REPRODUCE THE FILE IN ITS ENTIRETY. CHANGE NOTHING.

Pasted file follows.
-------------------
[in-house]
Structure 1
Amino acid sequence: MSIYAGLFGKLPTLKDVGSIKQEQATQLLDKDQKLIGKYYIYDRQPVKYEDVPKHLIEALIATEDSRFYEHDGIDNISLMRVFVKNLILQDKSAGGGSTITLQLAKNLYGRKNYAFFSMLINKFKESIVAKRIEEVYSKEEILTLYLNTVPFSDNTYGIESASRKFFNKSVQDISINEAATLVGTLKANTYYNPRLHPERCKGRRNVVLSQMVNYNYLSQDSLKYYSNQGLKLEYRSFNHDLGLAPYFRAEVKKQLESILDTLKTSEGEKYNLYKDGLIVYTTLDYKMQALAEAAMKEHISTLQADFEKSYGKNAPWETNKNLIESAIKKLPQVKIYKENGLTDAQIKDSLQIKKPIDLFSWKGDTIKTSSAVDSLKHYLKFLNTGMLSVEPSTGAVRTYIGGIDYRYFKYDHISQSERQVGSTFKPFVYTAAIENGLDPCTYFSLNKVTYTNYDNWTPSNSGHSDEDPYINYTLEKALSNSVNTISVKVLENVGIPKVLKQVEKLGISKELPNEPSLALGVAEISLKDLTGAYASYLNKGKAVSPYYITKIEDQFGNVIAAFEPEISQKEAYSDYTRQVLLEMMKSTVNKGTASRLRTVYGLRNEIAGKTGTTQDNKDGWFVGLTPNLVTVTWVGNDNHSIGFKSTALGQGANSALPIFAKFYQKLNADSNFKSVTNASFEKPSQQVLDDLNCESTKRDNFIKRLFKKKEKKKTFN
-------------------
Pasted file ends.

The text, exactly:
[in-house]
Structure 1
Amino acid sequence: MSIYAGLFGKLPTLKDVGSIKQEQATQLLDKDQKLIGKYYIYDRQPVKYEDVPKHLIEALIATEDSRFYEHDGIDNISLMRVFVKNLILQDKSAGGGSTITLQLAKNLYGRKNYAFFSMLINKFKESIVAKRIEEVYSKEEILTLYLNTVPFSDNTYGIESASRKFFNKSVQDISINEAATLVGTLKANTYYNPRLHPERCKGRRNVVLSQMVNYNYLSQDSLKYYSNQGLKLEYRSFNHDLGLAPYFRAEVKKQLESILDTLKTSEGEKYNLYKDGLIVYTTLDYKMQALAEAAMKEHISTLQADFEKSYGKNAPWETNKNLIESAIKKLPQVKIYKENGLTDAQIKDSLQIKKPIDLFSWKGDTIKTSSAVDSLKHYLKFLNTGMLSVEPSTGAVRTYIGGIDYRYFKYDHISQSERQVGSTFKPFVYTAAIENGLDPCTYFSLNKVTYTNYDNWTPSNSGHSDEDPYINYTLEKALSNSVNTISVKVLENVGIPKVLKQVEKLGISKELPNEPSLALGVAEISLKDLTGAYASYLNKGKAVSPYYITKIEDQFGNVIAAFEPEISQKEAYSDYTRQVLLEMMKSTVNKGTASRLRTVYGLRNEIAGKTGTTQDNKDGWFVGLTPNLVTVTWVGNDNHSIGFKSTALGQGANSALPIFAKFYQKLNADSNFKSVTNASFEKPSQQVLDDLNCESTKRDNFIKRLFKKKEKKKTFN